The agile methodology allows you to get the concept to your users as fast as possible. During every iteration, an agile project produces something valuable. At any instance, you could decide you want to launch what has been delivered in order to start building your user base or test your hypothesis.

Flexibility

The agile methodology is based on accommodating change. Projects, particularly software, regularly change. As products come to life or the market broadens, you must be able to react as well as update the product accordingly. Agile also embraces that great ideas can arise mid-project and locking yourself into a scope won’t let you take advantage of such realizations.

Risk Management

With incremental releases available, a product could be used and tested early in the process by users and stakeholders. This allows you to identify feature deficits and issues early in the production process. Being adaptable to changes also implies that it is not a problem to alter the scope midway through your project, something that is impossible with the waterfall methodology.

Cost Control

Unlike fixed budget projects, agile is incredibly flexible in maters scope. In most instances, clients realize that the features they had initially requested are no longer important, which allows them to launch much sooner and pay less. Agile, however, is not about paying too much with high levels of uncertainty but instead about paying only for what you need. Want to stick to your budget? That shouldn’t be a problem because with agile, you can rearrange the product backlog so that essential new features are implemented at the expense of the less important ones, rather than your budget.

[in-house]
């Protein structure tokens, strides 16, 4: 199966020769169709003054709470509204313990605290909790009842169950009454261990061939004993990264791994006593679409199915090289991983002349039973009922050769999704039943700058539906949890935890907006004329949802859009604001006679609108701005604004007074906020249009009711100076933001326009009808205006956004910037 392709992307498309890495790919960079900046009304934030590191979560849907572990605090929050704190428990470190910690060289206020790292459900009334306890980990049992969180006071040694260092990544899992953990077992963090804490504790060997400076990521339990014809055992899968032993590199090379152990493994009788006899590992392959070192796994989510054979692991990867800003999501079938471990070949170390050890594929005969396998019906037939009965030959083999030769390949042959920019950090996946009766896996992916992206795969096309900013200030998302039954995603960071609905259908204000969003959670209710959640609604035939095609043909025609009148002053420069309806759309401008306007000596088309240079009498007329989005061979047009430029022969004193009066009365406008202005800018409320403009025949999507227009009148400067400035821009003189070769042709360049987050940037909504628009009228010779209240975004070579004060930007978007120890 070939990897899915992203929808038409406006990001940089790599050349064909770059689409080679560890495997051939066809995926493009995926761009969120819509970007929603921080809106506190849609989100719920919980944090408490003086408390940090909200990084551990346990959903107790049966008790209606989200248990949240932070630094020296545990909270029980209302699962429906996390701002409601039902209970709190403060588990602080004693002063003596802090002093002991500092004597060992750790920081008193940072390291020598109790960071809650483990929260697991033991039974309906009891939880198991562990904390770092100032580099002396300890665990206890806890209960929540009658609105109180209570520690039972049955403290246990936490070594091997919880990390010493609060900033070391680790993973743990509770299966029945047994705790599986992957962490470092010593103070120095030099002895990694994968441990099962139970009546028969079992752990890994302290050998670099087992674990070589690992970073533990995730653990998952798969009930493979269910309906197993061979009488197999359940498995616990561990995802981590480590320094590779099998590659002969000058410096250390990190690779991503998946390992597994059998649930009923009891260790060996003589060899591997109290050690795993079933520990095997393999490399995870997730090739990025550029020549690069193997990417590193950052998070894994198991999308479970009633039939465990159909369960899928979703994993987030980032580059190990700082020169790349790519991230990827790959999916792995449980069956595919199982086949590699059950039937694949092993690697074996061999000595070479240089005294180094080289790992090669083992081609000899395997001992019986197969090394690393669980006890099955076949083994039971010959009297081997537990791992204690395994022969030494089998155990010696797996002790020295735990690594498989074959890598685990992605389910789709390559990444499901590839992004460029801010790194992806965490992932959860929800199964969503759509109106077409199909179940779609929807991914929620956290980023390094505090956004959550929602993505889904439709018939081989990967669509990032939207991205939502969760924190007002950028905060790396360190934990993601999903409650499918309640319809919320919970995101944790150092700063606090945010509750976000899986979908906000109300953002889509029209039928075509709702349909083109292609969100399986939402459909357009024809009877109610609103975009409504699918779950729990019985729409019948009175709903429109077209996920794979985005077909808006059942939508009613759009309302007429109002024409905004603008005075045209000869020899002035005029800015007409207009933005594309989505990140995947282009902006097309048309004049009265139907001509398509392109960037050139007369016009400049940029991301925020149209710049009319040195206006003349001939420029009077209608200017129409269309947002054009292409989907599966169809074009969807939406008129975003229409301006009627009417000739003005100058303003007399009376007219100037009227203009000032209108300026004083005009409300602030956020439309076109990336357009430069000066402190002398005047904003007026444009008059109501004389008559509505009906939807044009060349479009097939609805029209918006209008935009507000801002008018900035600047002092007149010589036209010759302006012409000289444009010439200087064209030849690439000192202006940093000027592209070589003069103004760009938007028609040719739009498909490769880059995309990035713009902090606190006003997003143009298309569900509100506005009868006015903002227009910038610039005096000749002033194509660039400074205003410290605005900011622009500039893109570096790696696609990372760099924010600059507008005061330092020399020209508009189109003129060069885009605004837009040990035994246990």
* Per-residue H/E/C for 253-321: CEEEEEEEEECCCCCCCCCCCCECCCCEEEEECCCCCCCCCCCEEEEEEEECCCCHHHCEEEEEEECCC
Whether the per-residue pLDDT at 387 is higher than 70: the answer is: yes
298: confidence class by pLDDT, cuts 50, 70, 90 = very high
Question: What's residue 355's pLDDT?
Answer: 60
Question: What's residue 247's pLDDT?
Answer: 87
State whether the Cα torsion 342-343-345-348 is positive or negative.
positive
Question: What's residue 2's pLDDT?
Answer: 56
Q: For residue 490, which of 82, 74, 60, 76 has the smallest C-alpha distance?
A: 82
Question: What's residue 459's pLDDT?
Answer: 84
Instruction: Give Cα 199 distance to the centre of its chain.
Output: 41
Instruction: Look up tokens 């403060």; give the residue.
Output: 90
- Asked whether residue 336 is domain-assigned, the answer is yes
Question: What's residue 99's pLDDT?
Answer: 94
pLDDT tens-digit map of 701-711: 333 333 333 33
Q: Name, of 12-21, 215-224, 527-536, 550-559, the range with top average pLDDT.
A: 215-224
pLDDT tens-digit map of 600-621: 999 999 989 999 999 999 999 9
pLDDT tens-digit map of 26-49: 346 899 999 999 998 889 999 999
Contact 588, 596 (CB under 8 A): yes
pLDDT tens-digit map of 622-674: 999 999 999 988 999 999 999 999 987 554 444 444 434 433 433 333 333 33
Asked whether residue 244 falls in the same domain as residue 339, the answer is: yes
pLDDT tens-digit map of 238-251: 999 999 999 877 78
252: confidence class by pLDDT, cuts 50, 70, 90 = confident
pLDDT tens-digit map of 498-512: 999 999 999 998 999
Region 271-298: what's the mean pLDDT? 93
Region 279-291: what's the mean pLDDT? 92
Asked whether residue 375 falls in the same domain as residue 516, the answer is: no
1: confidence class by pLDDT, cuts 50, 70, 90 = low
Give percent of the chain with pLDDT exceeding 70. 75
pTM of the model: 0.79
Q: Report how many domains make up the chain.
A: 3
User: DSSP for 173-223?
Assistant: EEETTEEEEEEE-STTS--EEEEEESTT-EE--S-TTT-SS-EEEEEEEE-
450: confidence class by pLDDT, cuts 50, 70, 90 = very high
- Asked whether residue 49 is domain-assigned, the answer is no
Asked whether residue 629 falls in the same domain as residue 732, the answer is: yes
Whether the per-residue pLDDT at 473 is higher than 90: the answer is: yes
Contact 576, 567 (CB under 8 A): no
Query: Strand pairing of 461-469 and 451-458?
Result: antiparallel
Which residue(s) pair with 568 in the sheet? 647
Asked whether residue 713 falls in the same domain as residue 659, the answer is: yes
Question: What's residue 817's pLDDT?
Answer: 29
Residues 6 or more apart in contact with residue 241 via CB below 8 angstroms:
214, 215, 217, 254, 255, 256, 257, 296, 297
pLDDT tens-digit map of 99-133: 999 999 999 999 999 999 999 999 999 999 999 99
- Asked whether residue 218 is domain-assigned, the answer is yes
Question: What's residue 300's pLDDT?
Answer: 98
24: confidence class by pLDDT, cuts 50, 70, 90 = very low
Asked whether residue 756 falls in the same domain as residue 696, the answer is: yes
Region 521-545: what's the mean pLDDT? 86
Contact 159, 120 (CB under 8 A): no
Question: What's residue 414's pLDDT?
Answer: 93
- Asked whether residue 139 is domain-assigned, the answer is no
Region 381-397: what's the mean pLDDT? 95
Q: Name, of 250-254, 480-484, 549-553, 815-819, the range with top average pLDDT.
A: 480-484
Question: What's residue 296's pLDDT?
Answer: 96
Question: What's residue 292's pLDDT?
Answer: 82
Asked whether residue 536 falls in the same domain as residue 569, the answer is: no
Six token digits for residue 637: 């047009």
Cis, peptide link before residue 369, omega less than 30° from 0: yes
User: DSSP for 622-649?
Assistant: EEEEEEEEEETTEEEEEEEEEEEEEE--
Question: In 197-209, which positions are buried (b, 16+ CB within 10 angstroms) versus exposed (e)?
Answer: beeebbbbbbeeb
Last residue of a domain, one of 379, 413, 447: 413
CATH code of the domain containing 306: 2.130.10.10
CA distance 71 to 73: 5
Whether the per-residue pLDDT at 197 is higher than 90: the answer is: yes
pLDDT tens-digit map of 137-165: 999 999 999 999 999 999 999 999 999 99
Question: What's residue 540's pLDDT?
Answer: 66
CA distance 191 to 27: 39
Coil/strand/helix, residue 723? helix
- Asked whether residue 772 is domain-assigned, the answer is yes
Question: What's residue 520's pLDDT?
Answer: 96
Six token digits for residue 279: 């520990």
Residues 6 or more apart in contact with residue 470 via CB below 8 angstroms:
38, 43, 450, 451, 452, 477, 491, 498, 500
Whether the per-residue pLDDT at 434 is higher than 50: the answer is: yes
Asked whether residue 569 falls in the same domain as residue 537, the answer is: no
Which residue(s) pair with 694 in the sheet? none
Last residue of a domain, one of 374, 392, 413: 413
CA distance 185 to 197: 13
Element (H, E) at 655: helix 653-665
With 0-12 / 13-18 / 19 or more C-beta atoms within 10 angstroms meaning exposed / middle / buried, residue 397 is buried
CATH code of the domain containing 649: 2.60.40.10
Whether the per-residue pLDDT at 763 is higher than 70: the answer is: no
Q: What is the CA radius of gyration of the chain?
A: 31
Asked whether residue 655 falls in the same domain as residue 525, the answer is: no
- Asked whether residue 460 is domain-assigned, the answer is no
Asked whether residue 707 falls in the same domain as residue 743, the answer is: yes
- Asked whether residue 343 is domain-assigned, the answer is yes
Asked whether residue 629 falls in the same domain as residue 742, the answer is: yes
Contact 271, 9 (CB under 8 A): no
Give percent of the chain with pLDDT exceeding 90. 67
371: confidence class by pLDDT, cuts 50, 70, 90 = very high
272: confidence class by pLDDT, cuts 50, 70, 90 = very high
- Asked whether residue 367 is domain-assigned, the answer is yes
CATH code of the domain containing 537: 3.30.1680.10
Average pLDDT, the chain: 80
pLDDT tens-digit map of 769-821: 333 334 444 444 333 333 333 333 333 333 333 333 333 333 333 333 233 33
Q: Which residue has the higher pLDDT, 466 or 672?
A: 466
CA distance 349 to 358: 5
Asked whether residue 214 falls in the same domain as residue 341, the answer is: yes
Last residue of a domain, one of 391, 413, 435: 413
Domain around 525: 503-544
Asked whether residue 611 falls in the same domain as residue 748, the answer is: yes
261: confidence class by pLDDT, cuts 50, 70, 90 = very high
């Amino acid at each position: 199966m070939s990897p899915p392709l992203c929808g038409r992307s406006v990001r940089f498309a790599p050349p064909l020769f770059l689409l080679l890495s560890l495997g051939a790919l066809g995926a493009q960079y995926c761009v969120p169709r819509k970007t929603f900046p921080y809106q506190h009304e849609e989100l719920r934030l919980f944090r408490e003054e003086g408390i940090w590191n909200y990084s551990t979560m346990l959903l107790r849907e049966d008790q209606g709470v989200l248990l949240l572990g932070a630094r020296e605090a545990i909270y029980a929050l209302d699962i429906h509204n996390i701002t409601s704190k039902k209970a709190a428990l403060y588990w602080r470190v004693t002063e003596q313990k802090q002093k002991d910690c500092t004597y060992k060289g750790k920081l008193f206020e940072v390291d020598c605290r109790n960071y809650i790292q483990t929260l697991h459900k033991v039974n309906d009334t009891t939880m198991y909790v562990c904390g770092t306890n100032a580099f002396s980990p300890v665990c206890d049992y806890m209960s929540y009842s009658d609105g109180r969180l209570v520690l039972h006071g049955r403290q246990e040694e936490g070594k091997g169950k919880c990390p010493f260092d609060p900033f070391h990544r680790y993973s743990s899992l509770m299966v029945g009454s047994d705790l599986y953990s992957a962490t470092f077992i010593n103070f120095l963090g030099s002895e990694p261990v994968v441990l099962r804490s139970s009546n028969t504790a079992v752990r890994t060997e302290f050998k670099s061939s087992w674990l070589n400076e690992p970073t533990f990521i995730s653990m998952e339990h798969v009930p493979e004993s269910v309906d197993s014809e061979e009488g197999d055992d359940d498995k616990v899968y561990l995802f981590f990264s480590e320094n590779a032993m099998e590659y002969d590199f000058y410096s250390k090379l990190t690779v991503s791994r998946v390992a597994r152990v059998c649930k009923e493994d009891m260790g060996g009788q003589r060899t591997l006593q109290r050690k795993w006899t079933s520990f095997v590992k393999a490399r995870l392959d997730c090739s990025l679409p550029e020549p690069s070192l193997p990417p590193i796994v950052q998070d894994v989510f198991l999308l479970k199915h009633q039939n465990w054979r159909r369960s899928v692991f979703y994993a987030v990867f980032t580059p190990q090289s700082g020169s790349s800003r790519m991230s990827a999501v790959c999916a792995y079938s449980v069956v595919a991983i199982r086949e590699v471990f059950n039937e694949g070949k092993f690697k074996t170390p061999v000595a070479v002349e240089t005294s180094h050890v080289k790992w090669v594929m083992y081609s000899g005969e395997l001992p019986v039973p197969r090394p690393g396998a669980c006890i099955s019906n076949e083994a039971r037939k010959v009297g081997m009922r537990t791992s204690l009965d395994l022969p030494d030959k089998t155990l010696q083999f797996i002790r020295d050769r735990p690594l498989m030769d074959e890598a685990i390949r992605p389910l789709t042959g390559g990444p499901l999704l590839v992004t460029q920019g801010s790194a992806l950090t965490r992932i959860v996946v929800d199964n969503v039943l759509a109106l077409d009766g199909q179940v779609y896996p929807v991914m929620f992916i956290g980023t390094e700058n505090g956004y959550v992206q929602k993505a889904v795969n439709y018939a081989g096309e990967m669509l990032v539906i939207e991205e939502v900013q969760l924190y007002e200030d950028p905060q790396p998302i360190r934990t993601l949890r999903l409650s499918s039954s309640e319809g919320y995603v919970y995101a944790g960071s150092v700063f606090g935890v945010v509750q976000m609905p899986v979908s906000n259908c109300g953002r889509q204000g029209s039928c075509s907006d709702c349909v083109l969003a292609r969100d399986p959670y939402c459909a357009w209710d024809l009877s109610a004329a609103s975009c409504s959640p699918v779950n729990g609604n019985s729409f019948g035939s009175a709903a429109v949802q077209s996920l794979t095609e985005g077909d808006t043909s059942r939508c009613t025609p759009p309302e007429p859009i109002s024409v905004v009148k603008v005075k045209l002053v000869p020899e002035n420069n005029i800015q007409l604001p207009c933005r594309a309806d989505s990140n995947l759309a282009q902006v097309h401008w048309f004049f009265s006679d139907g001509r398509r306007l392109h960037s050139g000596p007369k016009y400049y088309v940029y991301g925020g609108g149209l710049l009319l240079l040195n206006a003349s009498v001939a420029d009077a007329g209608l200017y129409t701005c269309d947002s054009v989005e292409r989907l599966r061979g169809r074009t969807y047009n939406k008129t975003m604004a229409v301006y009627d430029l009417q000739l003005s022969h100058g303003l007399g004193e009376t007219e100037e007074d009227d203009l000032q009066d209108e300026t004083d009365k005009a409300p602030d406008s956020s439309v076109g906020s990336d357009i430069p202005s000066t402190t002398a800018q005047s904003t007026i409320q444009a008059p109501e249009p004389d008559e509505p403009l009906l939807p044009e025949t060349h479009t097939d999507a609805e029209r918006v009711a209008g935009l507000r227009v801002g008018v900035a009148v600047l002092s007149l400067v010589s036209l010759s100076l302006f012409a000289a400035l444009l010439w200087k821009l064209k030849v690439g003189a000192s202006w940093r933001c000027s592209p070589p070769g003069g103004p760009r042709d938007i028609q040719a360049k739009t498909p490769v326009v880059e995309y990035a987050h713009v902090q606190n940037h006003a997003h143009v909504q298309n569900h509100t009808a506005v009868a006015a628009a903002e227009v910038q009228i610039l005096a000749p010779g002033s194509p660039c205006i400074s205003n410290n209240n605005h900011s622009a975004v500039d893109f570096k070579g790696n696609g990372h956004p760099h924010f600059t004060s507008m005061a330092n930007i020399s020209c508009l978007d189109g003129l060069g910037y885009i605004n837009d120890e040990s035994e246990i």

Quality

The agile methodology integrates testing through the entire project process. Consistently delivering tested products means there is higher overall quality and minimal time spent quality assuring product as the whole. Incremental releases allow for early and frequent tests on products. Even when the products are not released to the public, it is easier to locate any flaws so that improvements can be made when you still have the actual product to play with versus a series of new designs to work with from scratch.

The Agile Life Cycle

The objective of agile is to produce shorter product development cycles and deliver more frequent releases than the traditional waterfall management methodology. The shorter time frame lets project teams react to changes in a client’s needs more effectively. You could use different agile management frameworks, with Kanban and Scrum being the most common ones. Whichever framework you choose, the entire agile methodology follows the same process, which entails:

1. Project Planning

As with all projects, before the start, your team must understand the end goal, the value to the client or organization, and how the goals will be achieved. You could develop your project scope at this stage but always bear in mind that agile project management is essential since it helps you address any changes and additions to a project quite easily. Therefore, the project scope should not be viewed as unchangeable.

What is Agile

2. Product Roadmap Creation

A roadmap simply refers to a breakdown of all features that will make up the end product. This is an essential aspect of the planning stage since the project team will build these specific features during each iteration.

At this stage, you’ll also develop a product backlog, which is essentially a list of all the features as well as deliverables that make up the final product. Should you plan sprints, later on, the team will pull tasks from the backlog you create at this stage.

3. Release Planning